Deep in the woods of Idaho, cinnabar was discovered at the headwaters of Sugar Creek (later renamed Cinnabar Creek) by Pringle Smith in 1902. Actual mining didn’t start until the early 1920s; even then, it was limited to only a few flasks of mercury.
The mine was worked in a small way up until 1942, when a new operator took it over, and production dramatically increased. The mine quickly became one of the largest mercury producers in the United States.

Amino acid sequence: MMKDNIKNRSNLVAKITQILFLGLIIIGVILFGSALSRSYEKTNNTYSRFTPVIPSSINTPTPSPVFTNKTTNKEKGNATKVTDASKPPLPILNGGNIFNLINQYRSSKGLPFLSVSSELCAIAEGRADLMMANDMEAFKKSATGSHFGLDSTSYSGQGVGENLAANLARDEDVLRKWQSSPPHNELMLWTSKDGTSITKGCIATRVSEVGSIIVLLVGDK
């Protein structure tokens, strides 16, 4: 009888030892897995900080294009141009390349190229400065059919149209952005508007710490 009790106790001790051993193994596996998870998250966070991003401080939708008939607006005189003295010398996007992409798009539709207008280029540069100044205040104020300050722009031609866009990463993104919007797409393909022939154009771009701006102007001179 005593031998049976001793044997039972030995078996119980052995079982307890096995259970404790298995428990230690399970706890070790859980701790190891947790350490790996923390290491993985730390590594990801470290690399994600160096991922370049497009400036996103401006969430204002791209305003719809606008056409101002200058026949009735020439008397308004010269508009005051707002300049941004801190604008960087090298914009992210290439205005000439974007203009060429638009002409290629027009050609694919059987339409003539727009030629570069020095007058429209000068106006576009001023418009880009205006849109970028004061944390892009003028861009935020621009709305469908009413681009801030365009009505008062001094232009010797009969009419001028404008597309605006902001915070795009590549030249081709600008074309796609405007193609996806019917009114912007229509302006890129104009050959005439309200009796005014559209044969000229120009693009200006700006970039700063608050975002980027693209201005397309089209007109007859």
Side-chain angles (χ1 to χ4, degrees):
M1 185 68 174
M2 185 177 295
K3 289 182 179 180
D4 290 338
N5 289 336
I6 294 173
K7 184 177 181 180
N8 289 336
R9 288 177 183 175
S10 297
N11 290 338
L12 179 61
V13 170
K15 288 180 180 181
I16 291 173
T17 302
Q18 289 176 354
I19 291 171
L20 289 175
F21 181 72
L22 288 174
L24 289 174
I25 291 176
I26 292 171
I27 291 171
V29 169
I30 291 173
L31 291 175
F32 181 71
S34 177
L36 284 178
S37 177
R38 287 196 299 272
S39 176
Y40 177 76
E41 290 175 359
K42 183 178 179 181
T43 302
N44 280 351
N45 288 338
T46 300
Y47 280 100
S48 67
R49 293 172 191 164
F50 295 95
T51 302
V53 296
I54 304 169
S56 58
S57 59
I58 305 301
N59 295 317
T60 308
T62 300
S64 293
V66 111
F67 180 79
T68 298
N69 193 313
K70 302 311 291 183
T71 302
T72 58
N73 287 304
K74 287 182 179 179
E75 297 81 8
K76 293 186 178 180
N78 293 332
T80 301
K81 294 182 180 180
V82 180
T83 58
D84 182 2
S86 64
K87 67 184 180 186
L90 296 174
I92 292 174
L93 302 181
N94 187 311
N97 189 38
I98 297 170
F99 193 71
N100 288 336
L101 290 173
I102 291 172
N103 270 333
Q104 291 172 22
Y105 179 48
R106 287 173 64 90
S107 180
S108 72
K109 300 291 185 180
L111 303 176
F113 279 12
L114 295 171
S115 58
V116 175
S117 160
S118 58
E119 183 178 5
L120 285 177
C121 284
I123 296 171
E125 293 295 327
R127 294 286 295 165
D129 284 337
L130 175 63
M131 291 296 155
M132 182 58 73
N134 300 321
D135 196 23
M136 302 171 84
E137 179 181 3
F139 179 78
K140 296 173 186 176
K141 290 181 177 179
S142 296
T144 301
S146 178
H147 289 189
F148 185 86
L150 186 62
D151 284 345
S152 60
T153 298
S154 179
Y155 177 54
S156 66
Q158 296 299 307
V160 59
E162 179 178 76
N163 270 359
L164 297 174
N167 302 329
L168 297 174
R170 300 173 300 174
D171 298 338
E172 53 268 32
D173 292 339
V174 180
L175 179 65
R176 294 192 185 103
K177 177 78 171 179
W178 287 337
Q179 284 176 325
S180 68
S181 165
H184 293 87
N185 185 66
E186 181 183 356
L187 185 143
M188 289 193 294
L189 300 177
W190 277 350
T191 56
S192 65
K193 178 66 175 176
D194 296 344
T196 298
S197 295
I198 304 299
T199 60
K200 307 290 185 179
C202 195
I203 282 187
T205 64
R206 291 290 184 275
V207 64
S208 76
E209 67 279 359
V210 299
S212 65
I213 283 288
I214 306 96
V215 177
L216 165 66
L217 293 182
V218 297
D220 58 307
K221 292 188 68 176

A mining camp with a three-story bunkhouse, a dozen cabins, a boiler, and a mill were all built in the meadow below the mine. Electricity was first delivered to the camp by a wood-fired boiler. And even after other mines in the district fell idle, this mine remained active. It was still producing mercury until 1959.
This mining camp is way out in the woods, and getting there is a bit of a journey. The road is rough and narrow, and it requires 4WD. If you head out here, plan ahead. It is a long way from town.